• Diverse credit history. Lenders appreciate seeing a variety of credit options to show that no matter the circumstance, you’re a reliable person. If someone only has several lines of credit or a long list of instalment loans, it won’t discredit you, but it doesn’t help improve your score.
  • Bankruptcies and other major financial filings. Negative financial events will get logged on your credit report and act as red flags to lenders. Know that these will have a major impact on your score, and you won’t always get the chance to explain the circumstances of these types of events.
  • Credit enquires. If you are constantly asking for credit, it serves as a red flag to potential lenders. They may see the frequent enquiries as a sign that you are frequently in need and don’t get approved — thus why you keep “asking” and have your credit checked.

 

How do I improve my credit score?

If you are frequently getting denied credit access, or if you are challenged by high interest rates, it’s time you took a hard look at your credit history and reflect on areas to improve. Give creditors a reason to believe in you and your ability to repay your debts. Here are a few ways to address your low score and improve it quickly:

  1. Get on the electoral roll and prove where you live. This is a simple way to verify you live where you say you live, making it easier for lenders to confirm your identity.
  2. Work on paying off your current debt to free up your credit limit. Generally, you should be using up less than 30% of your rolling credit at any time. If you maintain a balance over a long period of time without paying it down, it will eventually start to harm your credit.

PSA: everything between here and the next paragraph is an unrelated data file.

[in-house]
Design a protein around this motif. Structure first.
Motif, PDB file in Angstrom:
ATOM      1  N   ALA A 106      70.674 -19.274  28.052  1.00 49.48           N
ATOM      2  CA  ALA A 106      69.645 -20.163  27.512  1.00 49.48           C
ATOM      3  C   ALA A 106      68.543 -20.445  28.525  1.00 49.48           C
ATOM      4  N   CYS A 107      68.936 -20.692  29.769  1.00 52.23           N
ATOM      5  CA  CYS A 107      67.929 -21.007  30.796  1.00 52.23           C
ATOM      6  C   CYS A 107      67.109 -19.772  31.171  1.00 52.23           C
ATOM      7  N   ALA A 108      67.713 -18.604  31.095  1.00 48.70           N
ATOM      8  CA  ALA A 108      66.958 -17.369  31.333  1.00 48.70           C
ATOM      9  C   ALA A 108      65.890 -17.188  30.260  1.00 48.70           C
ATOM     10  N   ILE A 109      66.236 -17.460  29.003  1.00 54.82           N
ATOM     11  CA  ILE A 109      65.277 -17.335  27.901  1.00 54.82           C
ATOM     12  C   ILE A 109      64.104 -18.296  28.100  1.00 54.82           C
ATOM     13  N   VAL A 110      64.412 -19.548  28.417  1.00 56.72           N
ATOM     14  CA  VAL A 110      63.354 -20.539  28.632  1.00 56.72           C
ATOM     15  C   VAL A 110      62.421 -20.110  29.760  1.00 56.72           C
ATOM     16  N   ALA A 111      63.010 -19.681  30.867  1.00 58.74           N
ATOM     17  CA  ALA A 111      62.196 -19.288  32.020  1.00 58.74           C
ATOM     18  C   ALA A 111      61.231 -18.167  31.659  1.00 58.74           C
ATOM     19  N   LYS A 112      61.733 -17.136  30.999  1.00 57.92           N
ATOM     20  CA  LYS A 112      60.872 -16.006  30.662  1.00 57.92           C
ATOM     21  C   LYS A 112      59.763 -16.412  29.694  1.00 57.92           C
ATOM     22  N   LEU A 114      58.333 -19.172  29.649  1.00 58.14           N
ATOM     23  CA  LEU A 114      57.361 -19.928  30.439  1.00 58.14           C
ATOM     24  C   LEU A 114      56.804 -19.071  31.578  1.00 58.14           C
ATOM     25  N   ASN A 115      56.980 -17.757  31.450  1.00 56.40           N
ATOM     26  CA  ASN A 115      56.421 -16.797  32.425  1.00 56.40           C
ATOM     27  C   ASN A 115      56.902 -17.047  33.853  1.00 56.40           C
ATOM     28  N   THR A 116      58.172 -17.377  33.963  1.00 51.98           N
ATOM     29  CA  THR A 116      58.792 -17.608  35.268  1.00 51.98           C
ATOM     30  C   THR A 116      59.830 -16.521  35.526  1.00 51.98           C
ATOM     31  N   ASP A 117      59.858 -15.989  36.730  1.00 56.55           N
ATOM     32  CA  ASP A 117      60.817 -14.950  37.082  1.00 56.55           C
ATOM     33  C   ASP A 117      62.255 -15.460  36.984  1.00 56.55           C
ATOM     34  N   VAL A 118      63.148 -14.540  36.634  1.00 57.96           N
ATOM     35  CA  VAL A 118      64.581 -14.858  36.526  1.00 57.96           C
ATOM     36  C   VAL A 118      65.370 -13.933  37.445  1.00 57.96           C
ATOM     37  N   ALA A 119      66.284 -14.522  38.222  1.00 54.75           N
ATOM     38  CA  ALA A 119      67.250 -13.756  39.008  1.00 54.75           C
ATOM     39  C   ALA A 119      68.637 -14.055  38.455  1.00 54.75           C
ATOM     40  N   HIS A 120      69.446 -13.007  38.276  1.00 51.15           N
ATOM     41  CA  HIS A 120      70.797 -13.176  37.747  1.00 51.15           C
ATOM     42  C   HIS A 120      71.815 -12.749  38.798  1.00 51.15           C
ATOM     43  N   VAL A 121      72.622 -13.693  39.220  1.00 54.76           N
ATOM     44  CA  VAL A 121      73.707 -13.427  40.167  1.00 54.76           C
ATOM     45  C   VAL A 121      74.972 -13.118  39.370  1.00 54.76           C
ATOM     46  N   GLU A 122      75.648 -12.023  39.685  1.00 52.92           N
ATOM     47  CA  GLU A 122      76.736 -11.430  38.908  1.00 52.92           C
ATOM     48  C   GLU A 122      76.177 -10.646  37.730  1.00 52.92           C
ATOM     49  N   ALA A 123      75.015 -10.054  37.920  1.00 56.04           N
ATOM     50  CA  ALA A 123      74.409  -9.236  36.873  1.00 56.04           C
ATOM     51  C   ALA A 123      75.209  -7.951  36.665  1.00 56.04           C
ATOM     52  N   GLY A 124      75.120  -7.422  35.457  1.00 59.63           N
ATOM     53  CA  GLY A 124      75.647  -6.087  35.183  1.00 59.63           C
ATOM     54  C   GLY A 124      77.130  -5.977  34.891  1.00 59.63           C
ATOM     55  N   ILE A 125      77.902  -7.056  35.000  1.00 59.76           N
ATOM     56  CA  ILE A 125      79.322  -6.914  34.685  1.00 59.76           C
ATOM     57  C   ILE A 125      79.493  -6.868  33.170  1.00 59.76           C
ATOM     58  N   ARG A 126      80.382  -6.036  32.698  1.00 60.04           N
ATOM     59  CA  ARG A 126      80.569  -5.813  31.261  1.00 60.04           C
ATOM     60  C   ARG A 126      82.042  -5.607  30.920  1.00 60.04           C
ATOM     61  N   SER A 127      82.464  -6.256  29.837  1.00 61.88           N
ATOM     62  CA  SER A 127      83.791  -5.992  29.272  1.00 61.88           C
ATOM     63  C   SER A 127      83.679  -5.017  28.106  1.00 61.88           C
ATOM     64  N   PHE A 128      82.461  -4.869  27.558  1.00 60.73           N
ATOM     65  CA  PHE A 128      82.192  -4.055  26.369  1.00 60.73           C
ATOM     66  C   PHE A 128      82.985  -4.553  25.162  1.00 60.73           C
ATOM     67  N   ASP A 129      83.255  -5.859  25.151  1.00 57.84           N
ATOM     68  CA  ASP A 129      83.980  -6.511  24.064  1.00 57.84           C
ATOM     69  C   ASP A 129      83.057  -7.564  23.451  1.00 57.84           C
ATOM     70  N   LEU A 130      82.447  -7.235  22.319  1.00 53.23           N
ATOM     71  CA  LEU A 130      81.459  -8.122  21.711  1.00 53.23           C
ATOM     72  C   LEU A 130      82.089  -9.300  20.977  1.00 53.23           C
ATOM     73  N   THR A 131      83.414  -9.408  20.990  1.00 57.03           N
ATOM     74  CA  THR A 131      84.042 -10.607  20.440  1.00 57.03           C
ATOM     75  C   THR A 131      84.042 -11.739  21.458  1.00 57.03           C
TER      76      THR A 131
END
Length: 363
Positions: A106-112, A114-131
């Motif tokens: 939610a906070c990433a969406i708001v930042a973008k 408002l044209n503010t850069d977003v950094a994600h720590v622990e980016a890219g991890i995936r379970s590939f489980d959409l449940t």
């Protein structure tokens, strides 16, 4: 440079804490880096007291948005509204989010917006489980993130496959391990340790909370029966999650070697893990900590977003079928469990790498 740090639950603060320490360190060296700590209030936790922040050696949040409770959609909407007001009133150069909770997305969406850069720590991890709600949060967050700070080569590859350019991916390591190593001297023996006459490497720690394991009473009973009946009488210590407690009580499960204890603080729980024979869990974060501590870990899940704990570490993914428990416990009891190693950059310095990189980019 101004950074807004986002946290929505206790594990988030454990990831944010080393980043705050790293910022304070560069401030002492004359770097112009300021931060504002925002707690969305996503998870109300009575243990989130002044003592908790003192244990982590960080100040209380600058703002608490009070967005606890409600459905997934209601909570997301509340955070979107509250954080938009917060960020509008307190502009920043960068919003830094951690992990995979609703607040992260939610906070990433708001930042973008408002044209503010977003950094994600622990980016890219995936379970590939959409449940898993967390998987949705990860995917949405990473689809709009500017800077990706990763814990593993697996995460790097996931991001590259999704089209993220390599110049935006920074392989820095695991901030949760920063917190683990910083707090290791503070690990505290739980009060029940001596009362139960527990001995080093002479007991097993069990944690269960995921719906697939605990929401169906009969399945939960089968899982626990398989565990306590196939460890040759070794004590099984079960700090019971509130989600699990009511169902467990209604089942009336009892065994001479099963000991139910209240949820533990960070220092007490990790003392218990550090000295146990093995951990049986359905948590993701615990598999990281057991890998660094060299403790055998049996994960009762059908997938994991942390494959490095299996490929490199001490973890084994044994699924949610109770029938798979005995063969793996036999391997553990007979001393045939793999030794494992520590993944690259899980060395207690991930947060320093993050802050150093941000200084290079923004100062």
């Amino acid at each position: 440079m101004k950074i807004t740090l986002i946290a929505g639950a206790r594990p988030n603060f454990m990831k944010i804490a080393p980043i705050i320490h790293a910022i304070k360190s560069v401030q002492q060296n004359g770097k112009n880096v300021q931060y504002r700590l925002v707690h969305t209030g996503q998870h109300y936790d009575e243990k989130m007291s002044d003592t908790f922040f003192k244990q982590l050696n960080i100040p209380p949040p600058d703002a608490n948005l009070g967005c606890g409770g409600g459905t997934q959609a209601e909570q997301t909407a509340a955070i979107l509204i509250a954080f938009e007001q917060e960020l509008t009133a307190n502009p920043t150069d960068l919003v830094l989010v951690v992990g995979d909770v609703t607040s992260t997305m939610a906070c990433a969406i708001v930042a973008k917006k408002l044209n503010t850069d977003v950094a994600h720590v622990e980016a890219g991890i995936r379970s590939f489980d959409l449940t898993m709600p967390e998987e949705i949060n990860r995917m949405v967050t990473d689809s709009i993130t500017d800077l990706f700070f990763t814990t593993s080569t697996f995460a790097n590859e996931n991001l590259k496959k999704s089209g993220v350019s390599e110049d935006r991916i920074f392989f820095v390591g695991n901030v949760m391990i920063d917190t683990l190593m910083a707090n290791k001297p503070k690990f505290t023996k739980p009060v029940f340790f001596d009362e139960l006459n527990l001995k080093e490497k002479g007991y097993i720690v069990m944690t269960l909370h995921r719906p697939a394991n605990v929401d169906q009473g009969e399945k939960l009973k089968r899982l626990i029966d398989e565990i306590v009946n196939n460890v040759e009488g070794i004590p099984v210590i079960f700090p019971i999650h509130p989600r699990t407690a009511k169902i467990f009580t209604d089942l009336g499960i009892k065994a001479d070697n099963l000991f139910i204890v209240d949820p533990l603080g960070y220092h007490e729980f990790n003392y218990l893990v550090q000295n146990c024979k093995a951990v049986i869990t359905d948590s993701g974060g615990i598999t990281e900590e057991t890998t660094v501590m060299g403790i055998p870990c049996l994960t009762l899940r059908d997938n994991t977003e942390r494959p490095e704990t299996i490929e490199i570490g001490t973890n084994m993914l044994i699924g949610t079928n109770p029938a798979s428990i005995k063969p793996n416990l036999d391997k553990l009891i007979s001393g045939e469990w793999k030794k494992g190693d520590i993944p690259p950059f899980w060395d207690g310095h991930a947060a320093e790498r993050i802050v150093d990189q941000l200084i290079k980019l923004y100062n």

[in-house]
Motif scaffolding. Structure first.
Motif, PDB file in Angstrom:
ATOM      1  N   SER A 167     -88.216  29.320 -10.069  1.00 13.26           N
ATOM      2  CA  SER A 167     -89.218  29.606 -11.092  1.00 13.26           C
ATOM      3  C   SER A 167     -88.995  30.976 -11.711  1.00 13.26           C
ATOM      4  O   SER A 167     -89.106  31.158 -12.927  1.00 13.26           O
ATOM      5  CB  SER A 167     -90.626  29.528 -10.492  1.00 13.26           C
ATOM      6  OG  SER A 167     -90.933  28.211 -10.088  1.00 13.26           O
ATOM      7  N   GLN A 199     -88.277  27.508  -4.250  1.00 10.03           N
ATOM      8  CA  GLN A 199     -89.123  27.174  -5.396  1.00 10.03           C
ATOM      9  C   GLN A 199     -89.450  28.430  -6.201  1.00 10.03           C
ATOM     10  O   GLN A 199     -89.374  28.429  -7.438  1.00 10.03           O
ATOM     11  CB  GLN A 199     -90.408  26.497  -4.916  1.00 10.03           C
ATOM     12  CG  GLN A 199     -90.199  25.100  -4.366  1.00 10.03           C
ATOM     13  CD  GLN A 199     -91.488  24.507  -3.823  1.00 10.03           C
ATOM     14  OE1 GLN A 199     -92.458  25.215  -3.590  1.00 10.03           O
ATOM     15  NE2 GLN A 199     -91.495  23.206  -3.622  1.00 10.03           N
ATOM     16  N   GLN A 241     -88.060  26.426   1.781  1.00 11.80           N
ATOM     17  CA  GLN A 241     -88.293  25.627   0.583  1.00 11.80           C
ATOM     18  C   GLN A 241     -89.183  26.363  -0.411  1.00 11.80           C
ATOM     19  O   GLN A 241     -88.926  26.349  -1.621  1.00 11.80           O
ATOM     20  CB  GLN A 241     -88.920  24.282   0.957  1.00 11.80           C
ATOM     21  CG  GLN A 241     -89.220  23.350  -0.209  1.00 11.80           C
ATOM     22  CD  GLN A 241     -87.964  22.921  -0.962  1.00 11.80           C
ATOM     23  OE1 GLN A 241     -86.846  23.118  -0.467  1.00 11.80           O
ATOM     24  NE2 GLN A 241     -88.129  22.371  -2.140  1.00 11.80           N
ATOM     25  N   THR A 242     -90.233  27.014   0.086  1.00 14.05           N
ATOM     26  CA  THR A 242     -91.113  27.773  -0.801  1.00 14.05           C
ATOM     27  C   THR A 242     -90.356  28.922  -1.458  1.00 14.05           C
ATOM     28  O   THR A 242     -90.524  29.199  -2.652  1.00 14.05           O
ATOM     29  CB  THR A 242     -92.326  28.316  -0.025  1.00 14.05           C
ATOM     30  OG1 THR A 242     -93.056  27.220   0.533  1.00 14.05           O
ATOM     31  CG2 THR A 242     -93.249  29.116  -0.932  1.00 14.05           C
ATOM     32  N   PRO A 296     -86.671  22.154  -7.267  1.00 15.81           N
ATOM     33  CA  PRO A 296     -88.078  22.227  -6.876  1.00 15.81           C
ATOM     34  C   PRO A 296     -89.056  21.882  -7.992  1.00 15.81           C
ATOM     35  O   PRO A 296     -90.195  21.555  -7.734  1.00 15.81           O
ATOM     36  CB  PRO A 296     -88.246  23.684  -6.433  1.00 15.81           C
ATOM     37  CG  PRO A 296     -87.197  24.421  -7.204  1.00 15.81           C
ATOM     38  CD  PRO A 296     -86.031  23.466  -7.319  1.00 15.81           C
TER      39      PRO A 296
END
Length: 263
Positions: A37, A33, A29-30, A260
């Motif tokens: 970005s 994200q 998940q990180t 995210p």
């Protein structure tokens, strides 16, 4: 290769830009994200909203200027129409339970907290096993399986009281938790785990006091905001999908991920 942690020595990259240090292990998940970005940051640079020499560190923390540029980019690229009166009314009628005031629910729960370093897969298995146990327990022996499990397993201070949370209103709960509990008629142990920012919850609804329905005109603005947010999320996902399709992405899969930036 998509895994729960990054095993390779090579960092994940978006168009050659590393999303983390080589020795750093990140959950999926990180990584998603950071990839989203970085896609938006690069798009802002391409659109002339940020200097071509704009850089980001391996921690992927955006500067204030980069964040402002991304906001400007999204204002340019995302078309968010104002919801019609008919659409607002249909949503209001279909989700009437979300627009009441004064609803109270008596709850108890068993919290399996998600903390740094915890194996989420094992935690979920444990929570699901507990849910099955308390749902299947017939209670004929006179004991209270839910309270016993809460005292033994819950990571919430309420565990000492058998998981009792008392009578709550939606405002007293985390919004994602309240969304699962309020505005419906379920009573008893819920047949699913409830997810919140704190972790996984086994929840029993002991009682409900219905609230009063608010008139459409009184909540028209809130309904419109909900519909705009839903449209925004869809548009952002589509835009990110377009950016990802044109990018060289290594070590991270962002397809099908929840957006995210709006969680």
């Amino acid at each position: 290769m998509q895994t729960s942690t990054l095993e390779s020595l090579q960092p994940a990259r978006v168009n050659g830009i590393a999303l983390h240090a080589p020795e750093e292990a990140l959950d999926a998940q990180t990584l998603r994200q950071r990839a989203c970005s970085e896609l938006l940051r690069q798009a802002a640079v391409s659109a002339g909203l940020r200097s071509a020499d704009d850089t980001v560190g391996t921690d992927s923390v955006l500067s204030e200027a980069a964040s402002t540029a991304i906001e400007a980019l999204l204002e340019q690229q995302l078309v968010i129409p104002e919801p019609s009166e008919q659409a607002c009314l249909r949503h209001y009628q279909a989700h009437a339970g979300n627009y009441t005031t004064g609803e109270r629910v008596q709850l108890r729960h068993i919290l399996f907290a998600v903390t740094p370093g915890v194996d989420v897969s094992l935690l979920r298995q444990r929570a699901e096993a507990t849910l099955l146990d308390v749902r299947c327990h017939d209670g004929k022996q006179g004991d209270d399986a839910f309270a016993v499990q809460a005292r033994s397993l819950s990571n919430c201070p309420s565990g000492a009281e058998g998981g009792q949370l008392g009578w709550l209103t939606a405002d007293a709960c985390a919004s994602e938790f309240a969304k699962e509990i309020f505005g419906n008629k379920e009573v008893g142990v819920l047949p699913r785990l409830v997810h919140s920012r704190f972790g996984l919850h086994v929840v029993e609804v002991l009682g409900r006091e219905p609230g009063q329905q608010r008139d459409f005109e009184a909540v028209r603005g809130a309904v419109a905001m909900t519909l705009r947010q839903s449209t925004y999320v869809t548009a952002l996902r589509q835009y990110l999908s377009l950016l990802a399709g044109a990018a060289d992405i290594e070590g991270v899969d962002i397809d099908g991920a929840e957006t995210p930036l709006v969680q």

3. Make sure you never miss a payment. Set up automatic bill pay or calendar reminders to help you stay on track.
  4. Avoid making multiple credit enquiries if you can. Focus on paying on the debt you already have rather than opening up new lines of credit.
  5. Don’t close out old accounts. As your accounts grow older, so will your credit history, which will effectively raise your score over time.

 

The information in this article is provided for education and informational purposes only, without any express or implied warranty of any kind, including warranties of accuracy, completeness or fitness for any particular purpose. The information in this article is not intended to be and does no constitute financial or any other advice. The information in this article is general in nature and is not specific to you the user or anyone else.

About 

Babs is a content writer at Enova International, Inc. with a Bachelors in Cinema Studies and English from the University of Illinois (ILL-INI!). She loves binge watching musicals, reading in the (sporadic) Chicago sunshine and discovering great new places to eat. Accio, tacos! Find out more about her on Google+.

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The information in this article is provided for education and informational purposes only, without any express or implied warranty of any kind, including warranties of accuracy, completeness or fitness for any particular purpose. The information in this article is not intended to be and does not constitute financial or any other advice. The information in this article is general in nature and is not specific to you the user or anyone else.